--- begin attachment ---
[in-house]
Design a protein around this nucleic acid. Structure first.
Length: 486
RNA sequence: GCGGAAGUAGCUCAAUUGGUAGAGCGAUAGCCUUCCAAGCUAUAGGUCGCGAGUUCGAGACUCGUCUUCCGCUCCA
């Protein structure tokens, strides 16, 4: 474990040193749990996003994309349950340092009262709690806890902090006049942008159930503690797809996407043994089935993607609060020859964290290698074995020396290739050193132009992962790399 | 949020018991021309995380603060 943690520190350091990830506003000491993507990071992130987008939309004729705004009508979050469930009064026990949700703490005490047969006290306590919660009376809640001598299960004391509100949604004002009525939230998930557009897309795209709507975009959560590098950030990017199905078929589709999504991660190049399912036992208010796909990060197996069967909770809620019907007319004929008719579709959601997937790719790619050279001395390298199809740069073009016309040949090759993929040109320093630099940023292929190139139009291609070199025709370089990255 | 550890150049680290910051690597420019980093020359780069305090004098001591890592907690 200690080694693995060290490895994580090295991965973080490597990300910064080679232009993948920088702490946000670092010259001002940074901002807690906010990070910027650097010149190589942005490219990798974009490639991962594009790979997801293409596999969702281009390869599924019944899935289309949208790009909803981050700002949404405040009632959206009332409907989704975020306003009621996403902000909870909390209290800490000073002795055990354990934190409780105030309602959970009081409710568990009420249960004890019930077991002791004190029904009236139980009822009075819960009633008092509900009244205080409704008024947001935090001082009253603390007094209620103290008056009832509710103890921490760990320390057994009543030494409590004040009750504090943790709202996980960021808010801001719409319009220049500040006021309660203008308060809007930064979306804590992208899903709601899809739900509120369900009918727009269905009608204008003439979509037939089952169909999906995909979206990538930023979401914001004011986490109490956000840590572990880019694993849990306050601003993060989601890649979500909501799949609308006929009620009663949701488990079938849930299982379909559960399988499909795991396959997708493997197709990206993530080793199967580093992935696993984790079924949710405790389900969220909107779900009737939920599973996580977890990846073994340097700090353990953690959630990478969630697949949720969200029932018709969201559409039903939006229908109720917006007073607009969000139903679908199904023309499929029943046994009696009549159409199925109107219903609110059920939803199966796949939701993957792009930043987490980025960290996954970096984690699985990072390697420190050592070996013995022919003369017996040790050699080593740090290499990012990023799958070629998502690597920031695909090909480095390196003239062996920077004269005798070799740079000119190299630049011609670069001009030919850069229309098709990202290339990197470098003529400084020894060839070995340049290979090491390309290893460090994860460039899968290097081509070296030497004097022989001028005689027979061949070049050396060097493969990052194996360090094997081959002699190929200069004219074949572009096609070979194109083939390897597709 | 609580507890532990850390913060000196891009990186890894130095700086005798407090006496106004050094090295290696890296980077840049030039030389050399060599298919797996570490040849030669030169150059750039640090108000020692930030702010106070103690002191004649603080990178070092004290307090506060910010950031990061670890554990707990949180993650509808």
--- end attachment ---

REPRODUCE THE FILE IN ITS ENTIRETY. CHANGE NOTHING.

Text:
[in-house]
Design a protein around this nucleic acid. Structure first.
Length: 486
RNA sequence: GCGGAAGUAGCUCAAUUGGUAGAGCGAUAGCCUUCCAAGCUAUAGGUCGCGAGUUCGAGACUCGUCUUCCGCUCCA
């Protein structure tokens, strides 16, 4: 474990040193749990996003994309349950340092009262709690806890902090006049942008159930503690797809996407043994089935993607609060020859964290290698074995020396290739050193132009992962790399 | 949020018991021309995380603060 943690520190350091990830506003000491993507990071992130987008939309004729705004009508979050469930009064026990949700703490005490047969006290306590919660009376809640001598299960004391509100949604004002009525939230998930557009897309795209709507975009959560590098950030990017199905078929589709999504991660190049399912036992208010796909990060197996069967909770809620019907007319004929008719579709959601997937790719790619050279001395390298199809740069073009016309040949090759993929040109320093630099940023292929190139139009291609070199025709370089990255 | 550890150049680290910051690597420019980093020359780069305090004098001591890592907690 200690080694693995060290490895994580090295991965973080490597990300910064080679232009993948920088702490946000670092010259001002940074901002807690906010990070910027650097010149190589942005490219990798974009490639991962594009790979997801293409596999969702281009390869599924019944899935289309949208790009909803981050700002949404405040009632959206009332409907989704975020306003009621996403902000909870909390209290800490000073002795055990354990934190409780105030309602959970009081409710568990009420249960004890019930077991002791004190029904009236139980009822009075819960009633008092509900009244205080409704008024947001935090001082009253603390007094209620103290008056009832509710103890921490760990320390057994009543030494409590004040009750504090943790709202996980960021808010801001719409319009220049500040006021309660203008308060809007930064979306804590992208899903709601899809739900509120369900009918727009269905009608204008003439979509037939089952169909999906995909979206990538930023979401914001004011986490109490956000840590572990880019694993849990306050601003993060989601890649979500909501799949609308006929009620009663949701488990079938849930299982379909559960399988499909795991396959997708493997197709990206993530080793199967580093992935696993984790079924949710405790389900969220909107779900009737939920599973996580977890990846073994340097700090353990953690959630990478969630697949949720969200029932018709969201559409039903939006229908109720917006007073607009969000139903679908199904023309499929029943046994009696009549159409199925109107219903609110059920939803199966796949939701993957792009930043987490980025960290996954970096984690699985990072390697420190050592070996013995022919003369017996040790050699080593740090290499990012990023799958070629998502690597920031695909090909480095390196003239062996920077004269005798070799740079000119190299630049011609670069001009030919850069229309098709990202290339990197470098003529400084020894060839070995340049290979090491390309290893460090994860460039899968290097081509070296030497004097022989001028005689027979061949070049050396060097493969990052194996360090094997081959002699190929200069004219074949572009096609070979194109083939390897597709 | 609580507890532990850390913060000196891009990186890894130095700086005798407090006496106004050094090295290696890296980077840049030039030389050399060599298919797996570490040849030669030169150059750039640090108000020692930030702010106070103690002191004649603080990178070092004290307090506060910010950031990061670890554990707990949180993650509808």